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Quarantining a Chicken

Discussion in 'Managing Your Flock' started by Lunachick, Sep 11, 2007.

  1. Lunachick

    Lunachick Chicken Slave

    Mar 19, 2007
    Brick, NJ
    Hi all, I'm going to get another hen at the end of Sept. I understand you must quarantine for about 2 wks. But my question is what does that do exactly? After 2 wks she will be OK? How do I know? and What happens during those 2 wks, does she (if she has anything) just wait out whatever disease or illness etc she has and it abates?

    Sorry if this sounds dopey, but I like to know all the details![​IMG]
     
  2. silkiechicken

    silkiechicken Staff PhD Premium Member

  3. WoodlandWoman

    WoodlandWoman Overrun With Chickens

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    May 8, 2007
    Wisconsin
    Moving to a new home can be very stressful. Sometimes a bird that appears healthy can actually be carrying a sub-clinical infection. Under stress, the infection gets the upper hand and then they have a full blown case of whatever. Quarantine helps this happen away from your other birds, where you can possibly treat it, depending on the problem.

    In the case of auctions, shows or swap meets, the bird could have been perfectly healthy when they got there, but been exposed while they were there. Again, this could show up in quarantine.

    Hope this helps!
     
  4. speckledhen

    speckledhen Intentional Solitude Premium Member

    Do read the suggested thread, but I want to reiterate that the quarantine must not be in the same air space as your other birds and must be for four weeks, not two. Sometimes it takes that long for diseases to show up. It can be stressful to add adult birds-that's why I'll probably never do it again.
     
  5. devora

    devora Chillin' With My Peeps

    speckledhen:
    I have noticed you're very good at warning folks to do the right thing re: quarantine. Have you had something bad happen? I'm wondering what to look for. This only applies to a new bird, right? If I buy chicks next year and hand raise 'em, I can mix them when they're old enough?
     
  6. Lunachick

    Lunachick Chicken Slave

    Mar 19, 2007
    Brick, NJ
    Thanks everyone for your replies. I don't take adopting an adult bird too lightly, that's why I asked. I must have missed those posts that Silkie supplied, but the bird I'm interested in is NPIP according to the owner. If that is so, should I still quarantine her? And for 2 wks or a month?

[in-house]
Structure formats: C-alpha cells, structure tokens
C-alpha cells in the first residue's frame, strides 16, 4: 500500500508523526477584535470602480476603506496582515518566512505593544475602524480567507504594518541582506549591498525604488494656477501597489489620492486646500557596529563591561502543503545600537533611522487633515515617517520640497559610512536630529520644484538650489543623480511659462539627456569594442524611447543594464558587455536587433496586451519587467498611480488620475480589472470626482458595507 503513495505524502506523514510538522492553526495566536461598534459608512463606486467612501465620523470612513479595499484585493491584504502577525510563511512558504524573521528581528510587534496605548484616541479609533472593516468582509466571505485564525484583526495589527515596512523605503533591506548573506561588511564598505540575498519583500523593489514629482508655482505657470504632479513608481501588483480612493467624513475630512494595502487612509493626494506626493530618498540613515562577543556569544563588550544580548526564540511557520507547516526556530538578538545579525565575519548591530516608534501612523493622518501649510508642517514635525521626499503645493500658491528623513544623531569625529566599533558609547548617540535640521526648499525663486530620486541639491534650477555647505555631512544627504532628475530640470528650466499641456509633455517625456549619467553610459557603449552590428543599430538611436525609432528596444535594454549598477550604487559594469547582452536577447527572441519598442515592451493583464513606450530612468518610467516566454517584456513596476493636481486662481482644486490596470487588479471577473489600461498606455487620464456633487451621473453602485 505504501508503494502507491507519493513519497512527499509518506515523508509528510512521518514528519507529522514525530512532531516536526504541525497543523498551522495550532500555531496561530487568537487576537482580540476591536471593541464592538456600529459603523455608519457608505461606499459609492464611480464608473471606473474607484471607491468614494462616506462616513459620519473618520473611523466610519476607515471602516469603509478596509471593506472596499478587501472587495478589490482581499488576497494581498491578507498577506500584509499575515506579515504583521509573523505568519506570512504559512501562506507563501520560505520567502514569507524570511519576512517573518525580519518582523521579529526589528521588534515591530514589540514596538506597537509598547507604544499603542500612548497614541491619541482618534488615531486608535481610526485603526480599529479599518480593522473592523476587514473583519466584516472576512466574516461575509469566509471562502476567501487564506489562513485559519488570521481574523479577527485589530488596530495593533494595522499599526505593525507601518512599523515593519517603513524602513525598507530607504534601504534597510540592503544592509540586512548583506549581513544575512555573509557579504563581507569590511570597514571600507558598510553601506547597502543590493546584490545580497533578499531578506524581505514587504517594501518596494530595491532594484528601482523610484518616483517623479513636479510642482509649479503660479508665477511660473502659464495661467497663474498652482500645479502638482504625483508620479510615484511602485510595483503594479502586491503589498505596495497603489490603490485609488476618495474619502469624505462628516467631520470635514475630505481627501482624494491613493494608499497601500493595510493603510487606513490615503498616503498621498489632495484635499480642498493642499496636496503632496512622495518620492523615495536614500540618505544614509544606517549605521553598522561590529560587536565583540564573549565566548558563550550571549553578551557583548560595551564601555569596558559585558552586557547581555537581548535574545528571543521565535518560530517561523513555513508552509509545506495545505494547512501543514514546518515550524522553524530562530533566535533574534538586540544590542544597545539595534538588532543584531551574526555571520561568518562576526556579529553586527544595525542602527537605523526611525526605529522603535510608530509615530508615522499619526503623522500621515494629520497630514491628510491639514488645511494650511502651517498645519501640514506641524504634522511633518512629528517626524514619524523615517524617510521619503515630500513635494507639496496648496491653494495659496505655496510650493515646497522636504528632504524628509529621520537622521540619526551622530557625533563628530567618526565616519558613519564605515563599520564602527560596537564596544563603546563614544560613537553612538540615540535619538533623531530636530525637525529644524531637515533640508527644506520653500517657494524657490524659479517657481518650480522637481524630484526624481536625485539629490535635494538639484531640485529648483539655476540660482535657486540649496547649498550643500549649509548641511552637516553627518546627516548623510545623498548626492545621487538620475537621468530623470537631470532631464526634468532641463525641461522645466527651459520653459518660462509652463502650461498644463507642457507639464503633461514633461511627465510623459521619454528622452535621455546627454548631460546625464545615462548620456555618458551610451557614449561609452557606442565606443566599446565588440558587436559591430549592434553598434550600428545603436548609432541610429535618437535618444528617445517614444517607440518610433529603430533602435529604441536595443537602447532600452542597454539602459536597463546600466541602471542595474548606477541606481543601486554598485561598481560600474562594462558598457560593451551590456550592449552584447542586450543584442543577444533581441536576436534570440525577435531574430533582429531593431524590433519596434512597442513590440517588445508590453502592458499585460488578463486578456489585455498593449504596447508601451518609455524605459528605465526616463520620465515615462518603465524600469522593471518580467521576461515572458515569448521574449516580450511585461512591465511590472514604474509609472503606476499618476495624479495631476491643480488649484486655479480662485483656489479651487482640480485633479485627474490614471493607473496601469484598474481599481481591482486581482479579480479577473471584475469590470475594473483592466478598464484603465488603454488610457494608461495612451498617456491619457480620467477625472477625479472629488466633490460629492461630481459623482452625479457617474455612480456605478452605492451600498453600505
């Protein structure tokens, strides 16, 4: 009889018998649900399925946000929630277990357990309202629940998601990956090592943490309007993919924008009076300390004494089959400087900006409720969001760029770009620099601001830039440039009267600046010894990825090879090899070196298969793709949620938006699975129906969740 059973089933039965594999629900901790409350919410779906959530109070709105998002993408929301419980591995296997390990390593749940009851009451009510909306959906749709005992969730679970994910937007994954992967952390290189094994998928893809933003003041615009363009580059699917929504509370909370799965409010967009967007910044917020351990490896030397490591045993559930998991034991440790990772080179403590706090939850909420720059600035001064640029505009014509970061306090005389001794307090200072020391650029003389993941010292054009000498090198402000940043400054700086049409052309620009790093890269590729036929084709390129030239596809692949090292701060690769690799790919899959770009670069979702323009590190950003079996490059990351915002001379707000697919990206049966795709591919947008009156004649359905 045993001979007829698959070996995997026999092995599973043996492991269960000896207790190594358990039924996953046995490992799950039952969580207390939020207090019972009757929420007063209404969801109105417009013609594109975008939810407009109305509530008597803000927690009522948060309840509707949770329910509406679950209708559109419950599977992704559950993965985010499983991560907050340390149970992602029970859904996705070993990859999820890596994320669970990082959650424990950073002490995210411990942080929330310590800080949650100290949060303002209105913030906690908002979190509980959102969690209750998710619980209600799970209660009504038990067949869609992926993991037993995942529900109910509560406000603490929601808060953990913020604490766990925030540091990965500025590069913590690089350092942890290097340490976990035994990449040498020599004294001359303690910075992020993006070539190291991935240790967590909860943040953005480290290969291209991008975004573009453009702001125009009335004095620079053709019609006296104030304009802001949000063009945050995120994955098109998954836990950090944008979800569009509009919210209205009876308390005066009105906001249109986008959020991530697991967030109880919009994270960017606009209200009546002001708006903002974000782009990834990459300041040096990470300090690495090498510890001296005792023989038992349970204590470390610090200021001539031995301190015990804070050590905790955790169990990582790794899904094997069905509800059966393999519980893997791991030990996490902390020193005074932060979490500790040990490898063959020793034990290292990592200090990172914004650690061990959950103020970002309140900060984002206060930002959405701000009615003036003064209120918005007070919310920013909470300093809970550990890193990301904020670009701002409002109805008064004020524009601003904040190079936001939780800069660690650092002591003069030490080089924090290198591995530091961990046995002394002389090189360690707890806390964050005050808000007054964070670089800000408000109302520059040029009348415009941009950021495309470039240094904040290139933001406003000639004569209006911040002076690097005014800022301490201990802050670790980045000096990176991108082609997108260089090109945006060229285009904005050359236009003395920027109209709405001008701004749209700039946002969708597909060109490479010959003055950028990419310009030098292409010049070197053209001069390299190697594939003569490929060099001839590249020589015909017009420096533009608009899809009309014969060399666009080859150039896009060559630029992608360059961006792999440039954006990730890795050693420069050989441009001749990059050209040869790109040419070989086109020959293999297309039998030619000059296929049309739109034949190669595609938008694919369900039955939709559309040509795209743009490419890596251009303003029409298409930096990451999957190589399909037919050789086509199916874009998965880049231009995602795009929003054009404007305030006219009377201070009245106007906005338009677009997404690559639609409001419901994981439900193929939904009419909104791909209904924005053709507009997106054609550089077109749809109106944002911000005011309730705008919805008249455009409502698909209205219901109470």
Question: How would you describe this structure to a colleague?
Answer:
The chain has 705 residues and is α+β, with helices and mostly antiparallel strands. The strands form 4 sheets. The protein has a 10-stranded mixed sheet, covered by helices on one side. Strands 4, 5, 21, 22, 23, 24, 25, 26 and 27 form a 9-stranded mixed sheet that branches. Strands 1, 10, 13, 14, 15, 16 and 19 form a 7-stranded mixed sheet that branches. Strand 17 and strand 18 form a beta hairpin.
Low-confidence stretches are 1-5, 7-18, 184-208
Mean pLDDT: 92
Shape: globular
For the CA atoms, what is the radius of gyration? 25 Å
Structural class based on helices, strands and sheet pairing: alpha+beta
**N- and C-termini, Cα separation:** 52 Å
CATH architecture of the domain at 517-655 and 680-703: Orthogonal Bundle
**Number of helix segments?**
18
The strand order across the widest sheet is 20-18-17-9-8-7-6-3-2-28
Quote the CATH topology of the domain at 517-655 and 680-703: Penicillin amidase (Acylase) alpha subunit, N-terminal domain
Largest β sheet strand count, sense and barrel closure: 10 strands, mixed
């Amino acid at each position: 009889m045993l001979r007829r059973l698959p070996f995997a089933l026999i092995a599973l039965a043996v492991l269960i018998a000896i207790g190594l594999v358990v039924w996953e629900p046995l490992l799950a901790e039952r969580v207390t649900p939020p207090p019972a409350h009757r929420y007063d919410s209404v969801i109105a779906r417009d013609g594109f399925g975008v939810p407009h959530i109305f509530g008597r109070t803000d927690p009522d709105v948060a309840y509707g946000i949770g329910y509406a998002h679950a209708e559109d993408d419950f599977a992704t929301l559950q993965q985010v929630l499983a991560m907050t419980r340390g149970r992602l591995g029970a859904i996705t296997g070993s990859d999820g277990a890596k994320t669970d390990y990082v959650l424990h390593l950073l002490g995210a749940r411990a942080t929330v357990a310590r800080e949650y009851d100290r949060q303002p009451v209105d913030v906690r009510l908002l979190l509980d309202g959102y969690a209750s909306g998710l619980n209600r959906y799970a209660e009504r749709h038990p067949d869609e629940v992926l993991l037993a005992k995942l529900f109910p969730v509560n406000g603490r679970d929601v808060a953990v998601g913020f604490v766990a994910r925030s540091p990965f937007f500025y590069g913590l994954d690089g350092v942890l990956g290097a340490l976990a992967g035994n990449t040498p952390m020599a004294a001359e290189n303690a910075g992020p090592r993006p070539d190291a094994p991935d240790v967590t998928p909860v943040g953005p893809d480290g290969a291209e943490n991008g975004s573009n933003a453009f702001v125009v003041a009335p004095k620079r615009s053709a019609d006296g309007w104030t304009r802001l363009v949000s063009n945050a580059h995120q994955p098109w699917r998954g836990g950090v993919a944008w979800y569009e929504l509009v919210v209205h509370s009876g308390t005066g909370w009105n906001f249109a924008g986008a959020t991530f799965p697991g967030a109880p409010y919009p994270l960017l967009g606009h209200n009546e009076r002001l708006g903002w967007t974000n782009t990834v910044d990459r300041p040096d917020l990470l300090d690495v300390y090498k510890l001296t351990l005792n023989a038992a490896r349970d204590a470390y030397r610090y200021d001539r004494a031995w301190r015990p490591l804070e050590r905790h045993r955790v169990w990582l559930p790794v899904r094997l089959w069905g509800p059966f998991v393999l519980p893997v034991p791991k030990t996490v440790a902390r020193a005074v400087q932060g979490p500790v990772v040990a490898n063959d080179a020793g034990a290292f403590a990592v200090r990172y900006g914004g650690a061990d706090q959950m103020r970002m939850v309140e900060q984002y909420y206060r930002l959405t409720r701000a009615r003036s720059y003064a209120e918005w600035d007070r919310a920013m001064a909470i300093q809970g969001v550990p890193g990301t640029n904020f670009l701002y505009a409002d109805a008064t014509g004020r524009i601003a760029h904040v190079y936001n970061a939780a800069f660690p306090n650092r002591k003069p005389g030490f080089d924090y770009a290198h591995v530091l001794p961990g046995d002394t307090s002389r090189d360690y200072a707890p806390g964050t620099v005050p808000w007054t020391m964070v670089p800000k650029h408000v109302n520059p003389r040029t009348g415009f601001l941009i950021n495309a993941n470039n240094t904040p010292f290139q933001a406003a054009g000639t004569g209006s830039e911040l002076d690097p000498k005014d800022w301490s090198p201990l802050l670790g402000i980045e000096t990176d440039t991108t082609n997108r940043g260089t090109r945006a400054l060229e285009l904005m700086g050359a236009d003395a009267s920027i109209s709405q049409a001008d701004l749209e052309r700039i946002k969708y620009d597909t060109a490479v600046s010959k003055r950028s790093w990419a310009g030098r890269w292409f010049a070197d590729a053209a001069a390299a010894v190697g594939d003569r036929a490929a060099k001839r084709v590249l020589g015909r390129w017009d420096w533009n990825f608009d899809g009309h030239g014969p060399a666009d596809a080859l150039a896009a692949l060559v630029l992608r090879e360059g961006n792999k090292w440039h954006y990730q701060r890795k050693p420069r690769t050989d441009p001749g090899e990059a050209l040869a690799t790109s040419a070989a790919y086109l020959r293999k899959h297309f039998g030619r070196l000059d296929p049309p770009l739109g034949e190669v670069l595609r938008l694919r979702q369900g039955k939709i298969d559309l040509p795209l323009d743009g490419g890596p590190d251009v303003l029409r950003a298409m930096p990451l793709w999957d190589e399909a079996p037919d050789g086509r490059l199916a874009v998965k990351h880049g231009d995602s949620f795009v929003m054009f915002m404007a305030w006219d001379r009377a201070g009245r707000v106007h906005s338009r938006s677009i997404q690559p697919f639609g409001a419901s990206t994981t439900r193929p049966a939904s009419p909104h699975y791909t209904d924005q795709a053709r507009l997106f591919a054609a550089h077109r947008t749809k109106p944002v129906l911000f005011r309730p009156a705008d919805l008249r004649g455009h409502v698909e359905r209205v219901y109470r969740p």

I just want to do the right thing. Thanks again for all the info!
     
  7. speckledhen

    speckledhen Intentional Solitude Premium Member

    devora, I didn't have anything bad happen. I've only added one adult bird in all my time of owning chickens and that was because I wanted a rooster ready-to-go, so to speak. I did more than a month of quarantine with Hawkeye. I treated favus on his comb and face, lice, malnutrition and he had a funny way of breathing that was just him, not any disease, but it was very, very stressful.
    Near the end of quarantine, we, on the advice of a well-known poultry expert, checked his throat for canker because of his odd breathing sound (odd to me, but just a rooster's deep-chested breathing) and he had clumps of wet feed stuck to the sides of his throat. It looked EXACTLY like the photos of canker in the throat. That meant he would have to be put down rather than take his place in my flock. Let me clarify that TO ME it meant he must be put down. I wouldnt treat those types of things and risk exposing my healthy girls to anything. I refused to lose him before looking at his throat again and voila! GONE! It was just feed stuck to his throat. I felt stupid but so relieved, I didn't care.
    Even if someone was NPIP certified, I am just a cautious person with my birds. I myself would quarantine any birds entering my flock. Just because they are tested for a few diseases, doesn't necessarily mean that they aren't carriers of SOMETHING. Everyone must make up their own minds. Please don't think I'm saying I'm some type of authority on all of this-I just do not want anyone to experience the heartbreak I've seen others go through. You must make up your own mind the risks you are willing to take and know that there are risks.
     
  8. Napalongtail

    Napalongtail Longtail Longtimer

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    30 DAYS and no less. I have had bad things happen and thats why I haven't shown in 3 years. I insisted on building a new quarentine facility before I"d even think about sending in the entries. I quarentine 30 days before and after. That way if someone comes to but they don't introduce anything to the birds going out and when I return those birds don't introduce anything to the rest of the flocks. It is tough, but when you have to destroy your pets because of someone elses neglegence then you figure out that the warnings are not just warnings they are for real!!!
     
  9. MandyH

    MandyH You'll shoot your eye out!

    I have a post on here somewhere from a while back, speckledhen probably remembers, anyway, I DID have some sick birds introduced to MY flock and had to kill every ne that I owned. It is a stupid and costly mistake to make. There isn't any harm in quarantining a bird for a month. As long as they have a good place to be. DO NOT EVER introduce a bird to your flock that has not been quarantined first. My husband did it and I thought I was going to have to kill HIM!
     
  10. DuckLady

    DuckLady Administrator Staff Member

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    Washington State
    It is just common sense to quarantine. I commend those that remind all the new chicken owners of it. It cannot be stressed to much.
     

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